Shanghai cyber watchdog warns against internet rumours as extended lockdown frays nerves
- The Shanghai office of the Cyberspace Administration of China asks WeChat group members to obey the law
- Rumours spread on Thursday that armed police would take over the city, while group buying would be suspended
Shanghai’s internet watchdog said it would crack down on rumours on social media, as speculation and anger mount among residents living in the locked-down city of 25 million, ravaged by an Omicron outbreak.
“Some people are making up, publishing and spreading rumours related to our measures to contain the outbreak … especially through WeChat group chats,” the Shanghai office of the Cyberspace Administration of China said in an announcement on Friday.
“We would like to remind every group chat organiser and member to obey the law and regulations online.”
Misinformation related to Shanghai’s latest wave of Covid-19 infections first surfaced last month, when rumours swirled online that the city would enter a lockdown in early March. The city’s government quickly refuted the claim at the time.
As cases soared, however, Shanghai went on to impose a two-phase lockdown on March 28, which was originally scheduled to end on April 5, but has since been extended indefinitely.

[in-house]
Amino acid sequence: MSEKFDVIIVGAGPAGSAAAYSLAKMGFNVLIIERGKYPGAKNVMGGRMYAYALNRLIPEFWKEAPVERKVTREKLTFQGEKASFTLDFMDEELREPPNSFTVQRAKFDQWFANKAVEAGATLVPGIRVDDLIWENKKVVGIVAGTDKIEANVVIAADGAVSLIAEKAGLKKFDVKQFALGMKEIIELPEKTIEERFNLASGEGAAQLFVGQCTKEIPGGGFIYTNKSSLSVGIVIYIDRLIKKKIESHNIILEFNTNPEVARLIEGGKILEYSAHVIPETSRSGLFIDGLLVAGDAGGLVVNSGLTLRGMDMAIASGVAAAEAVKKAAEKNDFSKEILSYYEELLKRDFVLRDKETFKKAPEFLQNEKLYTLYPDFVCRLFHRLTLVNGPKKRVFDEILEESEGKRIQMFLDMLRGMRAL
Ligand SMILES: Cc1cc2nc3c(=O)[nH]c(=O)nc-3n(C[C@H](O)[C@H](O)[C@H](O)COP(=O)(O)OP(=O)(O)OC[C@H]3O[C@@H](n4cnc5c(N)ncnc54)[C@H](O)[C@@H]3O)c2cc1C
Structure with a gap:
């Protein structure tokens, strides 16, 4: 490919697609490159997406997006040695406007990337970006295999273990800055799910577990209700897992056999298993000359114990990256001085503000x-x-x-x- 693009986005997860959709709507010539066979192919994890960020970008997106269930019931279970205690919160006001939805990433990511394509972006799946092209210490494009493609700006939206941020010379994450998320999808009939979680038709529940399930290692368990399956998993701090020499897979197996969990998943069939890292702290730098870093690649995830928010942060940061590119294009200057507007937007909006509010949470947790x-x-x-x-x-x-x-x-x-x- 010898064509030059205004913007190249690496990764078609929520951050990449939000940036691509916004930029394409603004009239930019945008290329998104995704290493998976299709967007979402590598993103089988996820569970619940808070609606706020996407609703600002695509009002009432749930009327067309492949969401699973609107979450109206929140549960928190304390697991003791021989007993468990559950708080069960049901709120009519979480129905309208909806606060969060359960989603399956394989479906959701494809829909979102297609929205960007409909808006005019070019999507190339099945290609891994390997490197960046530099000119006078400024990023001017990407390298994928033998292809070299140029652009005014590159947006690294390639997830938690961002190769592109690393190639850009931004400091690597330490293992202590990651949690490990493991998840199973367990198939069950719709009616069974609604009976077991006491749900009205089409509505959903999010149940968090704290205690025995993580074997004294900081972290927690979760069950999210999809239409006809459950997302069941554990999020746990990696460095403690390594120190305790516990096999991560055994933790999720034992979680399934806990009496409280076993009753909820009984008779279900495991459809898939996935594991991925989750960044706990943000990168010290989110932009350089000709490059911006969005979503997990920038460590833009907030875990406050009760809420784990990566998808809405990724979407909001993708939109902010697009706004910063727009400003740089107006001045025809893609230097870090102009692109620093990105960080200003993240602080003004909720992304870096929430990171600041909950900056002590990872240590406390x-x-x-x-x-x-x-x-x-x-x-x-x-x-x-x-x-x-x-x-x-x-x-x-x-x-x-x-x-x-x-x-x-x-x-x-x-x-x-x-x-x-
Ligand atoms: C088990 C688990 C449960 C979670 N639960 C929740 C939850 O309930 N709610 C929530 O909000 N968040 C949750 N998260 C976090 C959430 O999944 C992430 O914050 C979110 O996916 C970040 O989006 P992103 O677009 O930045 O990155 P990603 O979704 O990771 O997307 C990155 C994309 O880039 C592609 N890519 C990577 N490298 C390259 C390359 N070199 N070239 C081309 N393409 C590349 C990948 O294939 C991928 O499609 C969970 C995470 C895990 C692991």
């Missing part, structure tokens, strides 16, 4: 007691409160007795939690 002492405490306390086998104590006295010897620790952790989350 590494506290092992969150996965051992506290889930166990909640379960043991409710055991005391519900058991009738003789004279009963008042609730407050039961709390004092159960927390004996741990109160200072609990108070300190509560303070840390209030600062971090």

Residents of Shanghai, which reported a daily record of more than 21,000 new Covid-19 infections on Friday, have remained confined to their homes for more than a week now. Grocery supplies in many households have begun to run out, leaving citizens on edge.
On Thursday, rumours spread on messaging groups on WeChat, Tencent Holdings’ ubiquitous super app, alleging that armed police would take over the city, while group buying – which many people currently rely on to purchase daily essentials – would be suspended. Shanghai police denied the claims on Friday morning, saying it was investigating a 35-year-old man surnamed Zhou, accused of fabricating fake information.
Still, some residents have been subsisting on instant noodles and porridge, according to a Pudong-based blogger who goes by the handle “stormzhang”. “When disaster strikes, please stop promoting your positive energy and make way for distress signals,” the author wrote in a WeChat article on Friday.
A growing number of Chinese internet users, who usually refrain from discussing government policies in public, have taken to social media to push back against Shanghai’s blanket lockdown.